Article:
I’ve often complained to anyone who will listen that the current obsession with memoir and Oprah-style confession is the result of the misguided conviction that self-expression is the highest aspiration of the arts. Hundred Hands, a stripped-down sapling that fell incestuously close to its Appleseed Cast tree, has offered me yet another occasion to kvetch, this time in print.
All the more so because Hundred Hands seems to me not so much a side project (let alone a separate band) as an excuse for Appleseed Cast guitarist Aaron Pillar to take center stage and express himself, while letting AC’s usual frontman Christopher Crisci back him up and giving their producer Ed Rose (whose credits also include the worthy Slowride) a chance to bang the drums. Even more so since Pillar’s backlog of bottled-up emotion seems to be just as monochromatic, whiney and unearned as that poured forth from the Appleseed Cast’s mouthpiece. They’ve even duplicated AC’s penchant for shopworn ocean imagery, probably most in evidence on AC’s Mare Vitalis, emo-core’s answer to Watery, Domestic. I will say that it’s impressive they even had time to work it into a six-song EP, what with all the talk of things being lost and scarred and broken and, oh yeah, washed away.
Ed Rose’s drums are heavy and unimaginative throughout. Even when the mid-tempo lets up for some light acoustic wavelets, it isn’t long before Rose is relentlessly pounding on the snare to let us know these emotions are real. According to this aesthetic logic, constipation is a condition greatly to be valued as an experience rich in authenticity and depth. The vocals, while they don’t sound so much like Crisci’s Sunny Day Real Estate impression, nevertheless adopt the same high, whining tone and mumbling delivery that seems calculated, once again, to impress with its sincerity and emotion. Well, not so much if the lyrics you’re intoning are “Scars on my back. They prove a point. It points to you. And this life. And this world. It’s a tidal wave”. These adolescent lyrics are, by the way, reproduced proudly, not only in the album itself but also on the Deep Elm press kit. I’m all for affect over content, but this time the content’s actually getting in the way. Moral of the story, kids, is it’s not interesting just because you feel it—you have got to do better than intone “driving home from the ocean” over and over in a tragic tone of voice if you want to convince me to feel it too.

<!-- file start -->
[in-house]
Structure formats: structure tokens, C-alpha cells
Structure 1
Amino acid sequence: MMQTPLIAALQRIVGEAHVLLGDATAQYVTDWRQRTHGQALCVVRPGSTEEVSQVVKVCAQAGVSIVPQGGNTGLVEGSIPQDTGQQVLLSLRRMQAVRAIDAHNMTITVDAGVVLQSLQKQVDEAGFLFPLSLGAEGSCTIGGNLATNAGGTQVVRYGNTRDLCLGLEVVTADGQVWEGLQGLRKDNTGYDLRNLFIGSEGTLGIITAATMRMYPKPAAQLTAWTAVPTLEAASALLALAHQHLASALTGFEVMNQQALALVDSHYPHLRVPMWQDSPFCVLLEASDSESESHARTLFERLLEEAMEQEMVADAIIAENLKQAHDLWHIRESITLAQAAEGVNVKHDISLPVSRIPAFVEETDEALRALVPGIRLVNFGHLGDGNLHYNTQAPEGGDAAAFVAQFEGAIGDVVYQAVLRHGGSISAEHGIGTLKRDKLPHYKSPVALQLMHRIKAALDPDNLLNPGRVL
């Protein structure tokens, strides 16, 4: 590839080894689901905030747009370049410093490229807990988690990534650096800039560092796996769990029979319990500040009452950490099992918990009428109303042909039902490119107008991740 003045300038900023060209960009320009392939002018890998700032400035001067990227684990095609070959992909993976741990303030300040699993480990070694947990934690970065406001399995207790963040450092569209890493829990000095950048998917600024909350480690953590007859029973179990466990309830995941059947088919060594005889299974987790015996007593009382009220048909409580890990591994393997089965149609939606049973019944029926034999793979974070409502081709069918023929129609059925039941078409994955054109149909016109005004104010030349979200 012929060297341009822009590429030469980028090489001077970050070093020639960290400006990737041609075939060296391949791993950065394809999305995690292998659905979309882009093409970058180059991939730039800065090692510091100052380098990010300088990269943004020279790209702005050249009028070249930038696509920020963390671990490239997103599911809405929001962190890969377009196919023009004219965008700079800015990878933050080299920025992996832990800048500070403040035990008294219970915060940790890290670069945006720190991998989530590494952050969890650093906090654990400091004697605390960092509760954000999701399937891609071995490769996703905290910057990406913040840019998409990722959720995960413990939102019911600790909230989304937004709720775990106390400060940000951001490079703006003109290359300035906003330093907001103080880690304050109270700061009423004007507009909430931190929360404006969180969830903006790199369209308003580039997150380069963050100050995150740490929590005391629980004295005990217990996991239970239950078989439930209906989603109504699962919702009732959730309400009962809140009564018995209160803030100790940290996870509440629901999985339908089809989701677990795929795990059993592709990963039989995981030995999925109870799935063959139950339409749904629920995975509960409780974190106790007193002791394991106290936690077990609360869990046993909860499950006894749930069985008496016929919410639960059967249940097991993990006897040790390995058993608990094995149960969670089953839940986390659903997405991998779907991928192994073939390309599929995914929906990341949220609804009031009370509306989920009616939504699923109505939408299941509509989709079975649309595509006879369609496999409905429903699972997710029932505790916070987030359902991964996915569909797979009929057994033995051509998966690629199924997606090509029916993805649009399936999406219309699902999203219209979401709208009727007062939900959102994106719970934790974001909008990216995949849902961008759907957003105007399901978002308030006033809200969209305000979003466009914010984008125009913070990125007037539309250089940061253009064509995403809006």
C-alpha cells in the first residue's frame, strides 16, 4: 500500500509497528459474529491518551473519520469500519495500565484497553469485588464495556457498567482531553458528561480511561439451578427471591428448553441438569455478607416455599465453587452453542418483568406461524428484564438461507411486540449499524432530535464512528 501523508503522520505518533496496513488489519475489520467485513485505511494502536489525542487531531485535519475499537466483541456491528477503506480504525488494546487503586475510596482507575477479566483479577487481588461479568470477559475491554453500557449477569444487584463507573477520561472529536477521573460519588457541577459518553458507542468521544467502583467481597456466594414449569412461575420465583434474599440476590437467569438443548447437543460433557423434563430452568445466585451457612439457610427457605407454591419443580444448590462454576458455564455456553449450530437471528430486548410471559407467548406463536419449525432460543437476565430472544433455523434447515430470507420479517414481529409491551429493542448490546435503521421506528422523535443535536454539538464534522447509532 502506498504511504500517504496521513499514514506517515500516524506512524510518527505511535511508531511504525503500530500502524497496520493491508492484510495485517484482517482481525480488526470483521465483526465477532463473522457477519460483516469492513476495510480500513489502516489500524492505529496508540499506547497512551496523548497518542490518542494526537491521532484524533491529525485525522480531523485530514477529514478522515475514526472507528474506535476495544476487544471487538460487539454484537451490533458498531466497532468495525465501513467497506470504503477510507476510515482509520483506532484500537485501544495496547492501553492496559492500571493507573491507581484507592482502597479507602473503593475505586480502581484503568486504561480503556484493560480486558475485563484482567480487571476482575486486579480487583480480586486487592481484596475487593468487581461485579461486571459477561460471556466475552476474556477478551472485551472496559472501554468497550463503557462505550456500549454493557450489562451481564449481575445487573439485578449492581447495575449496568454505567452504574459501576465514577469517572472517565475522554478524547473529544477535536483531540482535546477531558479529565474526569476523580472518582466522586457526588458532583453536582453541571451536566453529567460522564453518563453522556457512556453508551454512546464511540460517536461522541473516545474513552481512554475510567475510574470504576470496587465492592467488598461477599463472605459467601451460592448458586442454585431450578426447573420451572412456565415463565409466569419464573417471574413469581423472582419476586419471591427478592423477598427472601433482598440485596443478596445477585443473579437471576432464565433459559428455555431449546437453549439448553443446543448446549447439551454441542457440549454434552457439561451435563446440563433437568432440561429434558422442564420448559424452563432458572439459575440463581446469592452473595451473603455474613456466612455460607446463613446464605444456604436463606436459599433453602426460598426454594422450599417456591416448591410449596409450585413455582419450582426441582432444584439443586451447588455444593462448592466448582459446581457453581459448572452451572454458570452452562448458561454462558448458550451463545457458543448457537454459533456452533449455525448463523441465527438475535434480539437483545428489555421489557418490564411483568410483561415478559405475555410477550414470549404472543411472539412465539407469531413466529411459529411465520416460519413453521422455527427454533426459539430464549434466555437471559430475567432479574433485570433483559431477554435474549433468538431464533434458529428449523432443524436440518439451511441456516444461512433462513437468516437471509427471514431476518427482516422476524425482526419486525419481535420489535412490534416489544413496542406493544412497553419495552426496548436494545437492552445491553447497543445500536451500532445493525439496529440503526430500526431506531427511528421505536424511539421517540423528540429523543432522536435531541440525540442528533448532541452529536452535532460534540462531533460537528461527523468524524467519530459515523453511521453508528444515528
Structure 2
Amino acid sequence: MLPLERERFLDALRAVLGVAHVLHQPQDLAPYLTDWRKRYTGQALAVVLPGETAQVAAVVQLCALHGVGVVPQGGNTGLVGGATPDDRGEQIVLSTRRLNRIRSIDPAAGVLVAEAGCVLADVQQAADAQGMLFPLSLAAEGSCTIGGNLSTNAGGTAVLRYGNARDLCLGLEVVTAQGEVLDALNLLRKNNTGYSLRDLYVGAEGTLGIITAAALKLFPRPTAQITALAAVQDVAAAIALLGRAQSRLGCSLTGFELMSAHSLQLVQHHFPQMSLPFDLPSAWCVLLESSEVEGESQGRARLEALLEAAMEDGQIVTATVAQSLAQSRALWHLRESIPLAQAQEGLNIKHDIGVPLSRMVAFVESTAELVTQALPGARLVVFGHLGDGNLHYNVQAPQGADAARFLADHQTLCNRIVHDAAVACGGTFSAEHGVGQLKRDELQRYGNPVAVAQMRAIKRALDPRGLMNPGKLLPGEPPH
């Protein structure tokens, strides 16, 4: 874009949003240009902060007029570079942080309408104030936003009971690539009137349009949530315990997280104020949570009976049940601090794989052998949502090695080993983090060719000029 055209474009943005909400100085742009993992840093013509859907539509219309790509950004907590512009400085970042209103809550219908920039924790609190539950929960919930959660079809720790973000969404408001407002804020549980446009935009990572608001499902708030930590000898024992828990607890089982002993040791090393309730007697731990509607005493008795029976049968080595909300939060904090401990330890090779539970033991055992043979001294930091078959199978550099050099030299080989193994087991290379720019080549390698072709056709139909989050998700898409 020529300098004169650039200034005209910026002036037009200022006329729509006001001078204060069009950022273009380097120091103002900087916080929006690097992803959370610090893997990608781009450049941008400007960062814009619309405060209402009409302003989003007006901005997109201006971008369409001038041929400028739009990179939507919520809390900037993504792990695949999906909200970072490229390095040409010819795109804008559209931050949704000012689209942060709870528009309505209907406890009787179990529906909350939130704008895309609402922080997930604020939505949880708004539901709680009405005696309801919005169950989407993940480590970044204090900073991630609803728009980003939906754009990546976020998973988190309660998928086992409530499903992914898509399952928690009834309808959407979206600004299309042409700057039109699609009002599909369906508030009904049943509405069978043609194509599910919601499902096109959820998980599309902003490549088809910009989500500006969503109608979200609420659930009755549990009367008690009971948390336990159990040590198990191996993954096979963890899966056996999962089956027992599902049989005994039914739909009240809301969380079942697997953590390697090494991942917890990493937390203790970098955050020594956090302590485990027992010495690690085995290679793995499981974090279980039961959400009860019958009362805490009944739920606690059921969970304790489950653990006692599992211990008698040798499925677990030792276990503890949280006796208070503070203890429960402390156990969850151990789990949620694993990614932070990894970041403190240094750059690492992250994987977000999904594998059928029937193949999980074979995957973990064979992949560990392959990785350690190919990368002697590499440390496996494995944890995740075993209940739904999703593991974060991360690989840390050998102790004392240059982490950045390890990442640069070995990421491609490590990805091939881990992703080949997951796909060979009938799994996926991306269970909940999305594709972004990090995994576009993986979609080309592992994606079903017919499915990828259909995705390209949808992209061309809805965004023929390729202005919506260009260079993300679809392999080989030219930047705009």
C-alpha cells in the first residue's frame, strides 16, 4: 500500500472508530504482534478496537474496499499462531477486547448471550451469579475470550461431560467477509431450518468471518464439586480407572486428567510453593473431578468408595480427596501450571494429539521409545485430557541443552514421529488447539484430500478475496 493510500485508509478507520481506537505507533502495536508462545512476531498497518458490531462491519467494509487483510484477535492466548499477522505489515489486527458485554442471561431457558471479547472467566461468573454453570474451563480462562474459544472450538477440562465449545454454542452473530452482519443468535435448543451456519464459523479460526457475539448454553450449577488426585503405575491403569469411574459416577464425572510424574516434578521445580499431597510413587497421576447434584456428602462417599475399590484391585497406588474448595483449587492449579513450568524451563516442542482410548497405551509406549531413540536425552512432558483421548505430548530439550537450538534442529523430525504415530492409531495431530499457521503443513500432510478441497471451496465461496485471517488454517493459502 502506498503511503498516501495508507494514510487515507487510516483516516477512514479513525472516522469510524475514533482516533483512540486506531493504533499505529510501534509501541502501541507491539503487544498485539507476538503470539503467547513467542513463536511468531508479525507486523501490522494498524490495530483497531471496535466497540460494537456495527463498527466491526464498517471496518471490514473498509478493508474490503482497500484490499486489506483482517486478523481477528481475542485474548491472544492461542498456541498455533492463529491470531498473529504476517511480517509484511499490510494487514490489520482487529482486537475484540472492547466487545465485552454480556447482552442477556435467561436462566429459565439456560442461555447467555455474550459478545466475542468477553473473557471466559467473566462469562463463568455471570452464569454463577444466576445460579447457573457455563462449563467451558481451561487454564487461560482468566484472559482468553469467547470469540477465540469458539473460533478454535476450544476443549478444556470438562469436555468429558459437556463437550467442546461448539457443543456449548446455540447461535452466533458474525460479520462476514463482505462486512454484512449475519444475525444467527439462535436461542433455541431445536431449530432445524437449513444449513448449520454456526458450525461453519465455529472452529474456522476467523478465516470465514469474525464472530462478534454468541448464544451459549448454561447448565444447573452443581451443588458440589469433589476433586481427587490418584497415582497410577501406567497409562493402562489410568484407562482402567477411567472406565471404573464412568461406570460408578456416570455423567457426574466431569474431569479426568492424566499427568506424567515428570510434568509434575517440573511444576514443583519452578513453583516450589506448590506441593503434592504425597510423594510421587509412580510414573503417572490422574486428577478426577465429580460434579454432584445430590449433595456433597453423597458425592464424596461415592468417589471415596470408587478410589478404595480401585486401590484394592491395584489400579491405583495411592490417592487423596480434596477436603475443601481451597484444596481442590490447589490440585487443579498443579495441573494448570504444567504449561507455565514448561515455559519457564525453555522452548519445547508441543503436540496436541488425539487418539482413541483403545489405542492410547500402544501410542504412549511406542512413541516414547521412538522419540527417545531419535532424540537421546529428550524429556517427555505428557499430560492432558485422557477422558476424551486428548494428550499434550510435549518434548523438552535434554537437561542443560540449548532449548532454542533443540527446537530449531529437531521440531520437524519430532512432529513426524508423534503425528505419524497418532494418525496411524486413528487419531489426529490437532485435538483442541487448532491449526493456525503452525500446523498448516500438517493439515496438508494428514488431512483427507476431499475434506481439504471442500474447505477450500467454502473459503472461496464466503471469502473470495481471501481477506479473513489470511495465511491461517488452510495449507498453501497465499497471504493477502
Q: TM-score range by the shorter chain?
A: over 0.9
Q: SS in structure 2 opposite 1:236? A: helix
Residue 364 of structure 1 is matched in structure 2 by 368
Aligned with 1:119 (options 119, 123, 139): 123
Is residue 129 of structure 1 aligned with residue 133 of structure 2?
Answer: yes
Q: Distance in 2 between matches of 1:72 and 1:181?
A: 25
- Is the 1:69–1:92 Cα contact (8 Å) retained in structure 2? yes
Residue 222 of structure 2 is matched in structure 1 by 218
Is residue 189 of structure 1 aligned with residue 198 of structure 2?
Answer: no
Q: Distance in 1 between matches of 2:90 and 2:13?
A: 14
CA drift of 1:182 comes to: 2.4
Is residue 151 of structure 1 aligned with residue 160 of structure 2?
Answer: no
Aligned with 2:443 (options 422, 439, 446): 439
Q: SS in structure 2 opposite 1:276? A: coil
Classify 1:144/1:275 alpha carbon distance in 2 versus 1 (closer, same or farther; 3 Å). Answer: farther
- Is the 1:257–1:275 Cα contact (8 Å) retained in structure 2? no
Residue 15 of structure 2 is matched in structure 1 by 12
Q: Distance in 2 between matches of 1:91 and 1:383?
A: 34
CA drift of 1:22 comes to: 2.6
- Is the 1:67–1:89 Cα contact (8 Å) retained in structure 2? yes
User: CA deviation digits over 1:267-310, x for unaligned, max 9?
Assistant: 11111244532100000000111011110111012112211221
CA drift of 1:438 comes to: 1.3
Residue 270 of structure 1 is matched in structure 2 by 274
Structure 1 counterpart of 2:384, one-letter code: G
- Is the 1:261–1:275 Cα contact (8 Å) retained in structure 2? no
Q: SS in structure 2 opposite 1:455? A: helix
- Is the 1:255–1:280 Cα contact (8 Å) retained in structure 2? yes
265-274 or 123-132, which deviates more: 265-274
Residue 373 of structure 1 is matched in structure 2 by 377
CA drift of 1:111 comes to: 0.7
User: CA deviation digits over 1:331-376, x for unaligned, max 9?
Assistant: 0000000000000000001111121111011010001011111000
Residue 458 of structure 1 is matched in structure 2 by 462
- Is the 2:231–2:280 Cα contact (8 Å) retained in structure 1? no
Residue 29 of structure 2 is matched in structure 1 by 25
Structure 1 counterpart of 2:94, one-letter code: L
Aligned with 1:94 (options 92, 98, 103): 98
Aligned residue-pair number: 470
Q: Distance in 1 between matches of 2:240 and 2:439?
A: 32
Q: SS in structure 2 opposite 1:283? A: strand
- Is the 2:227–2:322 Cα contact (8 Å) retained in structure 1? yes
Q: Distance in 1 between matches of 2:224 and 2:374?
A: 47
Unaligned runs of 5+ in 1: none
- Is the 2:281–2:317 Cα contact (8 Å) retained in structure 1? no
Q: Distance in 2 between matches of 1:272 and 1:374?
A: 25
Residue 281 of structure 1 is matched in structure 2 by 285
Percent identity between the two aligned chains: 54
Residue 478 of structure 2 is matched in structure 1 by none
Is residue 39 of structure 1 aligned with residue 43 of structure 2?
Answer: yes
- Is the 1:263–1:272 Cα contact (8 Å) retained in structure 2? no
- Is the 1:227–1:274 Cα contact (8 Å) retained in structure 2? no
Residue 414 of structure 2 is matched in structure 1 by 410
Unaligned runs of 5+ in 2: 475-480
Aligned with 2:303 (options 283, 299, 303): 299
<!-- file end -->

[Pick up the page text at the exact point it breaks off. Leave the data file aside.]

The song I like best on the album is the last cut, “Sunday”, possibly because they’ve mercifully spared us the vocals and drums and added some atmospheric keyboard.
Little Eyes kind of reminds me of this guy I dated when I was 18. He had long, greasy hair, a tattoo of a target on the inside of his left elbow, and a taste for Fugazi and the Jesus Lizard and Chesterfield unfiltereds. (“I like the idea of a conscious, slow death”, he said about the cigarettes; I swooned.) It seemed to me then that when we were together things were more intense and meaningful, mostly because they were more theatrical, not because they had any emotional substance. That’s the kind of guy you date in high school but who, if you’re smart by your twenties, you don’t consider boyfriend material…although, if you have been unlucky or unwise enough to attract one of these clunkers, may you soon have the good sense to appear on Oprah and be ritually cleansed of your suffering.
// Sound Affects
"The man whose songs were recorded by Johnny Cash, Alan Jackson, Ricky Skaggs, David Allan Coe, The Highwaymen, and countless others succumbs to time’s cruel cue that the only token of permanence we have to offer are the effects of shared moments and memories.READ the article